Here's the one thing: Sometimes we need to begin with dessert.

On Thursday, the head of the National Black Chamber of Commerce reamed out Democratic Senator Barbara Boxer of California:

Click here to watch the entire exchange

(BEGIN VIDEO CLIP)

SEN. BARBARA BOXER, D-CALIF: Let me talk to you.

HARRY C. ALFORD, PRESIDENT AND CEO OF THE NATIONAL BLACK CHAMBER OF COMMERCE: Yes, ma'am.

BOXER: This is friendly. I want us to go back there together. I want you to come with me and John and let's go see these jobs you say don't exist. So what we're going to do...

ALFORD: Yes, ma'am.

BOXER: Good. Put in the record the Pew Charitable Trust report, which says, and I am reading one sentence: "Jobs in the clean energy economy grew at a faster rate than total jobs in the Golden State between '98 and 2007." And it talks about all of that and driven by venture capital and the laws on the books. So we're going to put that in the record.

Then we're going to put the NAACP resolution that passed, saying this: "The NAACP approved the historic resolution addressing climate change legislation for the first time in the organization's history."

ALFORD: What does that mean?

BOXER: Sir, we're going to put that in the record and you can read it because I don't have the time...

ALFORD: What does that mean, though? The NAACP has a resolution, what does that mean?

BOXER: Sir, they could say the same thing about what do you mean. I'm just telling you they passed it.

ALFORD: I've got documentation.

BOXER: They passed it. Now, also, if that isn't interesting to you we'll quote John Grant, who is the CEO of 100 Black Men of Atlanta. Quote: "Clean energy is the key that will unlock millions of jobs and the NAACP's support is vital to ensuring that those jobs help to rebuild urban areas."

So, clearly there's a diversity of opinion...

ALFORD: Madam Chair, that is condescending to me. I'm the National Black Chamber of Commerce and you're trying to put up some other black group to pit against me.

BOXER: If this gentleman... If this gentleman were here, he would be proud that he was being quoted.

ALFORD: He should have been invited!

BOXER: Just so you know, he would be proud that you were here.

ALFORD: It is condescending to me.

BOXER: He's proud, I'm sure, that I am quoting him.

ALFORD: Proud? All that's condescending and I don't like it. It's racial. I don't like it. I take offense to it.

BOXER: OK.

ALFORD: As an African-American and a veteran of this country, I take offense to that!

BOXER: Offense at the fact that I would quote...?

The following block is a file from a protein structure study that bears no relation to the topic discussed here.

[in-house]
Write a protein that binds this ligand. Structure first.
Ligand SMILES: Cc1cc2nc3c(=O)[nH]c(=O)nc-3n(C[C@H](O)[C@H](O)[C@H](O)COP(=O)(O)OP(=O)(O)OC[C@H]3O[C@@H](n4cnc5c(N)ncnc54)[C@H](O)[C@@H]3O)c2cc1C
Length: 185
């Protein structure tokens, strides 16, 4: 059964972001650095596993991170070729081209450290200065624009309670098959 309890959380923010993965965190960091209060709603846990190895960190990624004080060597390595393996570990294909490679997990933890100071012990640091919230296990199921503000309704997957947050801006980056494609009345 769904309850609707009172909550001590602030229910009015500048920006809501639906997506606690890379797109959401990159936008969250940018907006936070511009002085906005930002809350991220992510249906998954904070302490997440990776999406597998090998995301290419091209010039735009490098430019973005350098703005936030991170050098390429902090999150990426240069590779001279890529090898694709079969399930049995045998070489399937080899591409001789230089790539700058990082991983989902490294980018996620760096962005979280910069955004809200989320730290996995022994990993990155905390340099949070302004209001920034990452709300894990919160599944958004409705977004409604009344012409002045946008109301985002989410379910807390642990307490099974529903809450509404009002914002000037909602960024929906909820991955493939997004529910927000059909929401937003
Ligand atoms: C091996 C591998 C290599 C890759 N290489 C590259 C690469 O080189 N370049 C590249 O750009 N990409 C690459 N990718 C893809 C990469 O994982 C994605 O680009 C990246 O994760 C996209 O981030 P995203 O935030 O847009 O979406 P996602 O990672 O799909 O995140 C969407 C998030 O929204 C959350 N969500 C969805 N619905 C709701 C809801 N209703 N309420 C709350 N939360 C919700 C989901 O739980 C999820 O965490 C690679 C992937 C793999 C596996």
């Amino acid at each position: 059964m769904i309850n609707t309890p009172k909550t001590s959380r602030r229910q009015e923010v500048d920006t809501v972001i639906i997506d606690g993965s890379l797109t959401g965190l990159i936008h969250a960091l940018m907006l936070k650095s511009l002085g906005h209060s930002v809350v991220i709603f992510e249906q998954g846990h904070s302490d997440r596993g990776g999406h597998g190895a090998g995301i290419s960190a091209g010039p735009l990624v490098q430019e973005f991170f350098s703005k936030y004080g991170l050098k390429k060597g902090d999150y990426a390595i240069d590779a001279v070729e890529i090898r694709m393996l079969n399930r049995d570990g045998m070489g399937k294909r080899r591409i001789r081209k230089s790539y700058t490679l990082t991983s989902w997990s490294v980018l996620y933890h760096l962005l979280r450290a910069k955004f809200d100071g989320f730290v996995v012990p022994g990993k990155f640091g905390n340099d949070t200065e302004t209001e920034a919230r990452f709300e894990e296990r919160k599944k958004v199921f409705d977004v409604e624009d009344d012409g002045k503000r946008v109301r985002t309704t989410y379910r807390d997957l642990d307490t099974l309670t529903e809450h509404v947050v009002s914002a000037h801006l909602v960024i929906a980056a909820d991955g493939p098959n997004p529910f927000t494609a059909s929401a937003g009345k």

ALFORD: You're quoting some other black man. Why don't you quote some other Asian... or ... you are being racial here. And I think you're getting to a path here that's going to explode.

BOXER: I am going to respond right and I'm going to ask everyone to listen to what I said. First, I placed in the record the Pew Charitable Trust study — very important study for our state, our home state of California.

ALFORD: Fine.

BOXER: Then, I wanted to make a point that the fact is there's definitely differing opinions in the black community, just as there are in my community.

ALFORD: You're speaking on behalf of the black community?

BOXER: No. I am putting in the record a statement by the NAACP.

ALFORD: Why?

BOXER: Because I think it is quite relevant.

ALFORD: I understand the Pew... I understand the Pew study. But why are you doing the NAACP... why are you doing the Colored People Association study with the Black Chamber of Commerce?

BOXER: I am trying to show the diversity of support that we have.

ALFORD: Diversity?

(END VIDEO CLIP)

(BEGIN VIDEO CLIP)

ALFORD: We are referring to the experts regardless of their color. And for someone to tell me, an African-American, college-educated veteran of the United States Army that I must contend with some other black group and put aside everything else in here — this has nothing to do with the NAACP and really has nothing to do with the National Black Chamber of Commerce. We're talking energy and that... road the Chair went down, I think, is God-awful.

(END VIDEO CLIP)

I found that very rude.

And hey, wasn't Boxer the same senator that freaked out when Brigadier General Michael Walsh called her "ma'am"?

Yep! Take a look:

(BEGIN VIDEO CLIP)

BOXER: Why has it been delayed?

BRIG. GEN. MICHAEL WALSH, U.S. ARMY: Ma'am, at the LACPR is...

BOXER: You know, do me a favor: Could you say senator instead of ma'am?

WALSH: Yes.

BOXER: It's just a thing. I've worked so hard to get that title. So, I'd appreciate it. Thank you.

WALSH: Yes, Senator.

(END VIDEO CLIP)

Yeah, don't call her "ma'am," even though that's a word of respect the military requires. But as we pointed out last month, you didn't hear Boxer calling Michael Walsh "brigadier general."

Oh, and I almost forgot: Did you notice that Harry Alford of the National Black Chamber of Commerce called her "ma'am" too? Oh, he sure did! Take a look:

(BEGIN VIDEO CLIPS)

BOXER: Your address is Washington, D.C.?

ALFORD: Yes, ma'am

ALFORD: Yes, ma'am

ALFORD: Yes, ma'am

(END VIDEO CLIPS)

As you could see, she didn't correct him once. So it wasn't about being called "ma'am" last month; it was being called "ma'am" by a soldier.

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